Being human carries more than just a modicum of responsibility. A lot of who I am comes from my family, my parents. A lot of it comes from paying attention to life and whats going on with those around me. My dad always preached learning as much about mistakes as you can from the mistakes other people make. But... being human... we have to make some of our own. There is absolutely no way to avoid it. And there isn't a human out there who is perfect or mistake free. The trick, I think, is to be comfortable in my own skin. To grow in spirit, to accept as much responsibility as I can handle... maybe a tad more, just for the challenge... and to do right by those around me.

So... I'm thankful fo the blessings I've had and I can look back and smile knowing I've done ok, I tried hard and sometimes... I just plain goofed off. And even that goofing off has been beneficial. I know that my eye for these nature pictures I do comes from doing nothing but sitting and looking and seeing the environment I'm in... of understanding light as it shifts and moves throughout a day, across a season and over the year.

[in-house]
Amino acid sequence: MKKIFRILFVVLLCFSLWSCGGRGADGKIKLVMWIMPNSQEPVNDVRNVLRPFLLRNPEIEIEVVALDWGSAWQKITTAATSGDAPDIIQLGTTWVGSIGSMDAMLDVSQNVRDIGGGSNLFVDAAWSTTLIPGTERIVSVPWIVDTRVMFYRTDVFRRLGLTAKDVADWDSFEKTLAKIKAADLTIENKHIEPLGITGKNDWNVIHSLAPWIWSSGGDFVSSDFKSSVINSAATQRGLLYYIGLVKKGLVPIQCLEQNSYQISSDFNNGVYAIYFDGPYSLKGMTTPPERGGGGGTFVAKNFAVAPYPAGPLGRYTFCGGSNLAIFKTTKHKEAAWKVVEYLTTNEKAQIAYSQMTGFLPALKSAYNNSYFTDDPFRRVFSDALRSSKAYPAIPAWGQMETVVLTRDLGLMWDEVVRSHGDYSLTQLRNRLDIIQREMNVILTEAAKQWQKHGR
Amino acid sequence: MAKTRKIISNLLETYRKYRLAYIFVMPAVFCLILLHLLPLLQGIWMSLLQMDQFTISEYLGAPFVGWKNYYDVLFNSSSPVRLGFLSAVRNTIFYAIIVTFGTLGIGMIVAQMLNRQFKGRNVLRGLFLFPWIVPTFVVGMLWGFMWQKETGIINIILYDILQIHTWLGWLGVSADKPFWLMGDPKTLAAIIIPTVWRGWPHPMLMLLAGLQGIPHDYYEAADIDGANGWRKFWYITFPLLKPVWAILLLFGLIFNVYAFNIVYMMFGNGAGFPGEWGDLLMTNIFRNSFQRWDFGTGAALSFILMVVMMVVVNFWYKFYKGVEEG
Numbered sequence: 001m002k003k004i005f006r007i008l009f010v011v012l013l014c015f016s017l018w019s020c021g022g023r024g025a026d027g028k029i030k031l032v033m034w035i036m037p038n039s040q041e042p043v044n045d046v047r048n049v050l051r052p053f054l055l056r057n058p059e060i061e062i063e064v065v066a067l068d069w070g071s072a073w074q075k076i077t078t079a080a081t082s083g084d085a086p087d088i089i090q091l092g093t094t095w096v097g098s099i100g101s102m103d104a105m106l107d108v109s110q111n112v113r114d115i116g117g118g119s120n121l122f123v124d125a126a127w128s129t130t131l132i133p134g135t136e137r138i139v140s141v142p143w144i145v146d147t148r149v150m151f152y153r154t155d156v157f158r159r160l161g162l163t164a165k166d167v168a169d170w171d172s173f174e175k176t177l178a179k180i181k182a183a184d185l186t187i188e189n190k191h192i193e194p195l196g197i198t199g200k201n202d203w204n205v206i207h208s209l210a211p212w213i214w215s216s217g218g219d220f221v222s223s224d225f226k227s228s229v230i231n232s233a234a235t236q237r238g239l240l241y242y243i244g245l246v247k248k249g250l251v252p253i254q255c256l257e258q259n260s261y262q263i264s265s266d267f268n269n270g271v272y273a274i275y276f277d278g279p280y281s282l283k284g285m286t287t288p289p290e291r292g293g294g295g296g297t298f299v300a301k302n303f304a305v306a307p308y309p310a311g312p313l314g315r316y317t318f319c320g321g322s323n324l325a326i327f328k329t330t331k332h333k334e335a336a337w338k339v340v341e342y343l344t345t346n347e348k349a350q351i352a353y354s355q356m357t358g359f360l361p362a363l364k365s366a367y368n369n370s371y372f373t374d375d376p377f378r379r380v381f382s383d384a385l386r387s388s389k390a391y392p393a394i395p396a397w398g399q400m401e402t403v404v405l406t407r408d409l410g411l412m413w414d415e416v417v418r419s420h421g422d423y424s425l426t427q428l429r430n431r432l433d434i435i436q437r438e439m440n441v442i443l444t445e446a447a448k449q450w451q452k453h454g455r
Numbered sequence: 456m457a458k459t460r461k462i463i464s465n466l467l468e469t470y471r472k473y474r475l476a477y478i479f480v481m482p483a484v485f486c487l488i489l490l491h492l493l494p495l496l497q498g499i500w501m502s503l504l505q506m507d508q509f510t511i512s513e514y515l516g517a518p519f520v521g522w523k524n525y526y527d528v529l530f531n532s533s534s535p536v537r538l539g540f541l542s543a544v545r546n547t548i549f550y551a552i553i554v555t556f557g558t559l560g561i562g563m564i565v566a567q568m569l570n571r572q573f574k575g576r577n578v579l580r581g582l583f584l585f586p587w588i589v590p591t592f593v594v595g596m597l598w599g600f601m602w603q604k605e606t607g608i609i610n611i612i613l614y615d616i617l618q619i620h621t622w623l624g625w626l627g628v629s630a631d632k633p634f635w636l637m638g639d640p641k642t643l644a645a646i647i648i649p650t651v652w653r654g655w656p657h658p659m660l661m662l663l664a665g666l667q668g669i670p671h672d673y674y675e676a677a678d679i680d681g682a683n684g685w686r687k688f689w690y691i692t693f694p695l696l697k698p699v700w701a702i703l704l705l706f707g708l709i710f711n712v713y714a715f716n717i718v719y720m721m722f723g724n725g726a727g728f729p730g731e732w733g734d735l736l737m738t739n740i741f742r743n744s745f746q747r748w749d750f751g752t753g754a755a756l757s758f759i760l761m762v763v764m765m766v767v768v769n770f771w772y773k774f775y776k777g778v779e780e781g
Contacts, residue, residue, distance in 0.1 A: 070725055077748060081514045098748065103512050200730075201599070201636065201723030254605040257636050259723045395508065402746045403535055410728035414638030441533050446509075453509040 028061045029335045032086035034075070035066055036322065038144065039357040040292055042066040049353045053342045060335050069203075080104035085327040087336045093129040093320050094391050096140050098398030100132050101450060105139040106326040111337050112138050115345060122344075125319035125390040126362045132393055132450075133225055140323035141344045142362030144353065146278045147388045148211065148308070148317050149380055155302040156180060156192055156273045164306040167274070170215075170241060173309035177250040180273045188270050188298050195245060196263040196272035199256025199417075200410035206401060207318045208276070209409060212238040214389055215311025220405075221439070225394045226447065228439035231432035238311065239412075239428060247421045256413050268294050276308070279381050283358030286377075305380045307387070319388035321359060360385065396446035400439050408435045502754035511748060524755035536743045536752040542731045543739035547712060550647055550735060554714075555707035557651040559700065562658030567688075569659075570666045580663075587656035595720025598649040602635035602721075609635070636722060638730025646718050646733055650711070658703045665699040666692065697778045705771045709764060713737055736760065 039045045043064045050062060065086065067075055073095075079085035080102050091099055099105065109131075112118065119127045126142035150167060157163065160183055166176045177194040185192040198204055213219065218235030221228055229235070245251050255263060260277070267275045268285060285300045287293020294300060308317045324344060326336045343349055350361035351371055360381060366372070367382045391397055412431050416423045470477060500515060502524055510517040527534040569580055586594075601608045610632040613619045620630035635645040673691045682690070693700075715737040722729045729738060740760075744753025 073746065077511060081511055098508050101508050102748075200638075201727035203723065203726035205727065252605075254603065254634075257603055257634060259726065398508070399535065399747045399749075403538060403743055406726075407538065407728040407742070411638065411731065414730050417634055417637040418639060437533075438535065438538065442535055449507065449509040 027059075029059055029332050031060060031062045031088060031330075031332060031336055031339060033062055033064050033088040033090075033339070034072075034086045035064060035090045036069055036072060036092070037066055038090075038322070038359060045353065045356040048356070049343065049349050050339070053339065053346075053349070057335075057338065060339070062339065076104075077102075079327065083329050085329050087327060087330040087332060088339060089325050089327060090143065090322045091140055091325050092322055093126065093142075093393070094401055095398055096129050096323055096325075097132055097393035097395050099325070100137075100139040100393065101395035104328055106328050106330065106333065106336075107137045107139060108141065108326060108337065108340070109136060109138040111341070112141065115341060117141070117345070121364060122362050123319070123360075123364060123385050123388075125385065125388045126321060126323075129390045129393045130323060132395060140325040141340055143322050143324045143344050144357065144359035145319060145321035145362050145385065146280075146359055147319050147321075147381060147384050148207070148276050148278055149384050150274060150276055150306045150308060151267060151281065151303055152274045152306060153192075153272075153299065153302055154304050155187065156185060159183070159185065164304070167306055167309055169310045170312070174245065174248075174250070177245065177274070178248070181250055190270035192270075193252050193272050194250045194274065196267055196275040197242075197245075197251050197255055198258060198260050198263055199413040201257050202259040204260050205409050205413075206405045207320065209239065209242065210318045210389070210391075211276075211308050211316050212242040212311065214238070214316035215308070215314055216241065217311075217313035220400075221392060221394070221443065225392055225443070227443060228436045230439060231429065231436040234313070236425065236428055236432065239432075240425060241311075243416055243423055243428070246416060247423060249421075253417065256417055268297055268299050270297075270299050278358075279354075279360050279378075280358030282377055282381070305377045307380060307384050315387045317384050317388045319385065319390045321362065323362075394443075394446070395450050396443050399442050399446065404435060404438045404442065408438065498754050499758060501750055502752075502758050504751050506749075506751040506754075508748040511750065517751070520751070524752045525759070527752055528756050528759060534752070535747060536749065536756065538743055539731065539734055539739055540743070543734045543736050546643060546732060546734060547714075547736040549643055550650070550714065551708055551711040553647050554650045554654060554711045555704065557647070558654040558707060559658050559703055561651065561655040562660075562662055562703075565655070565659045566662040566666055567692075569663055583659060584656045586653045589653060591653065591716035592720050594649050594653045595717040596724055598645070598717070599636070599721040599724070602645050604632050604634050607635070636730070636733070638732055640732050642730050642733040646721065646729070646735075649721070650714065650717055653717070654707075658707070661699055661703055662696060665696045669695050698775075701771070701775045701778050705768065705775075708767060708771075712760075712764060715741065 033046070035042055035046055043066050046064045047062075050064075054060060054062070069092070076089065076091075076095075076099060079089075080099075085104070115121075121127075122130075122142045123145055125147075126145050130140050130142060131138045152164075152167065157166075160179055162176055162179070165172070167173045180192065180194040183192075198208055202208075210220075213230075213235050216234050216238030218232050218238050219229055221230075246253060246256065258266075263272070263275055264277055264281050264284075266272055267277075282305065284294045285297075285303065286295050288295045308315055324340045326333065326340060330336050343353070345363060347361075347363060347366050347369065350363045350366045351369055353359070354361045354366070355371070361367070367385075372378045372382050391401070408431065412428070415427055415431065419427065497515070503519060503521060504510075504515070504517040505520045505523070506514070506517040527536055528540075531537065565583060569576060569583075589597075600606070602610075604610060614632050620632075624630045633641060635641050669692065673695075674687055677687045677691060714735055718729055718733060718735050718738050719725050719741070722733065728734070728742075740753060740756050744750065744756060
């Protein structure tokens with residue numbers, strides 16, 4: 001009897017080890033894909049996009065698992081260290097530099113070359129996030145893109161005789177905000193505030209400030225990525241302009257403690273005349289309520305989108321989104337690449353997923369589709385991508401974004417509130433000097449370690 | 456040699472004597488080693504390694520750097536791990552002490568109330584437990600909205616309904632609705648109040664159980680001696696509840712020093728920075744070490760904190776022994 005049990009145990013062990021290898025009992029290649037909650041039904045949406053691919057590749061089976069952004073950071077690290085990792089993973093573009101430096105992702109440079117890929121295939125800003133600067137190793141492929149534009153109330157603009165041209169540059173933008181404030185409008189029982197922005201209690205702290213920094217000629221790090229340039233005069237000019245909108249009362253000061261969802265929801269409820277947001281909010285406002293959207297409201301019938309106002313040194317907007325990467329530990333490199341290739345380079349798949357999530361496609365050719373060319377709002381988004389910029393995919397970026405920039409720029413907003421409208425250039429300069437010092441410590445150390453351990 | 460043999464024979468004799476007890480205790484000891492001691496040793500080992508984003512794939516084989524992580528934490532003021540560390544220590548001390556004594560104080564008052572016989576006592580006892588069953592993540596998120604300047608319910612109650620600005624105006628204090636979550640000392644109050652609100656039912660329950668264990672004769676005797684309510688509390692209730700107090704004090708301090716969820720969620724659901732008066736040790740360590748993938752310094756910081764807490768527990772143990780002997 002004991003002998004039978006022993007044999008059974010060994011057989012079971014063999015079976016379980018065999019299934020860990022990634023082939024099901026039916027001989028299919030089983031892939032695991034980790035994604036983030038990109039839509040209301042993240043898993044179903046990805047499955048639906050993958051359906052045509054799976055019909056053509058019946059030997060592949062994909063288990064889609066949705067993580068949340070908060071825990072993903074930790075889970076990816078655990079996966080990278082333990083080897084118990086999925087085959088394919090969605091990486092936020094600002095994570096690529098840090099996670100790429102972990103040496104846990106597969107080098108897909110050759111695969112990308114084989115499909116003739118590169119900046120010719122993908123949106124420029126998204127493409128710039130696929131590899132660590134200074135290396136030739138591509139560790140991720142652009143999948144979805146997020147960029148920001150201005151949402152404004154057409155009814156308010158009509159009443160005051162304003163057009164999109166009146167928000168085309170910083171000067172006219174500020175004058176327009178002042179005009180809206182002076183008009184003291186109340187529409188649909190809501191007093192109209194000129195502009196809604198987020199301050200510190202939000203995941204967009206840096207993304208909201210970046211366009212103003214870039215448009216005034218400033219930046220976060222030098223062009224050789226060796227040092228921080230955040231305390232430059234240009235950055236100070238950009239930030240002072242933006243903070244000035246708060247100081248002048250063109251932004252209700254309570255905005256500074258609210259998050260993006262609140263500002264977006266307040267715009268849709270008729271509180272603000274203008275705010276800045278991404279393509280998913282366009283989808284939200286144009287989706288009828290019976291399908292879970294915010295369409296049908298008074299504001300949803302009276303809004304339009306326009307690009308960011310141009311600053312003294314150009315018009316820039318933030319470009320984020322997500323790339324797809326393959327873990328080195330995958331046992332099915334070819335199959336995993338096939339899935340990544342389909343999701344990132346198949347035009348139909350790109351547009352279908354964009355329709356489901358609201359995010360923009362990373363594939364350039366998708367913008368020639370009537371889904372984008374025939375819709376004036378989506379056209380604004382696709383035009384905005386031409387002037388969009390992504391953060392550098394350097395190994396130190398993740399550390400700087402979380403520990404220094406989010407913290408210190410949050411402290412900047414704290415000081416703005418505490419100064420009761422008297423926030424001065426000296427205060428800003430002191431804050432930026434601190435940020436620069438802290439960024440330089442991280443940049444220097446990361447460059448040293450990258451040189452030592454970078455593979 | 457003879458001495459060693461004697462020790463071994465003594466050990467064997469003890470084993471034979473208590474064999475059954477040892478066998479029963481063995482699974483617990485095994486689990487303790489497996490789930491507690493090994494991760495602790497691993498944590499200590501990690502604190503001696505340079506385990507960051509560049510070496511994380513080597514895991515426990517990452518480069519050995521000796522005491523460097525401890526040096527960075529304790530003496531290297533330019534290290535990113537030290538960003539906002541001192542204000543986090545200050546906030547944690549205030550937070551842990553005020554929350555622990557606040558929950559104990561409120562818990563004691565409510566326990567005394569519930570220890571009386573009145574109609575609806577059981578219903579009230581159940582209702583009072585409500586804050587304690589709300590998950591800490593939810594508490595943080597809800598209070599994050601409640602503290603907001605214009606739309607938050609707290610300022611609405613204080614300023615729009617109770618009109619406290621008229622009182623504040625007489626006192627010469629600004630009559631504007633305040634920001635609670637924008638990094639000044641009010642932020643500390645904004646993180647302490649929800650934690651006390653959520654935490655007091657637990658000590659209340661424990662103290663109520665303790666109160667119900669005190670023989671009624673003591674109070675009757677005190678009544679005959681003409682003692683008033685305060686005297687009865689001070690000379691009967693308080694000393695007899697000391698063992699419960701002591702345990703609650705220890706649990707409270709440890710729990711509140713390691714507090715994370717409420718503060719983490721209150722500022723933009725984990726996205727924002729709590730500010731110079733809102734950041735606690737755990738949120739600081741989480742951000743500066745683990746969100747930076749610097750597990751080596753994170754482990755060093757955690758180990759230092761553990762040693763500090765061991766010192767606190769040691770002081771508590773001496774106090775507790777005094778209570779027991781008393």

I know I'm a far, far better photographer now than when I first thought I was a good photographer. This past year has been a process of shaking off some cobwebs, a process of learning again as I switched from film to digital. The computer in my camera has taken me a year to finally get comfortable with... makes me feel like that old dog...

I'm hoping y'all enjoyed your Thanksgiving (if you're U.S. types... I sure don't expect that other nations sat down with some Indians who saved their butts 300 years ago... I mean I don't know for sure, but I think that makes sense) and that you stay warm and dry through the winter coming...

Here are some pics from the last year, mostly from around here around the farm... but including some of the work from all over. Enjoy! (and remember... your family loves receiving fine photographic art as gifts for Xmas! order now...)

Friday, November 9, 2007

The BIG water...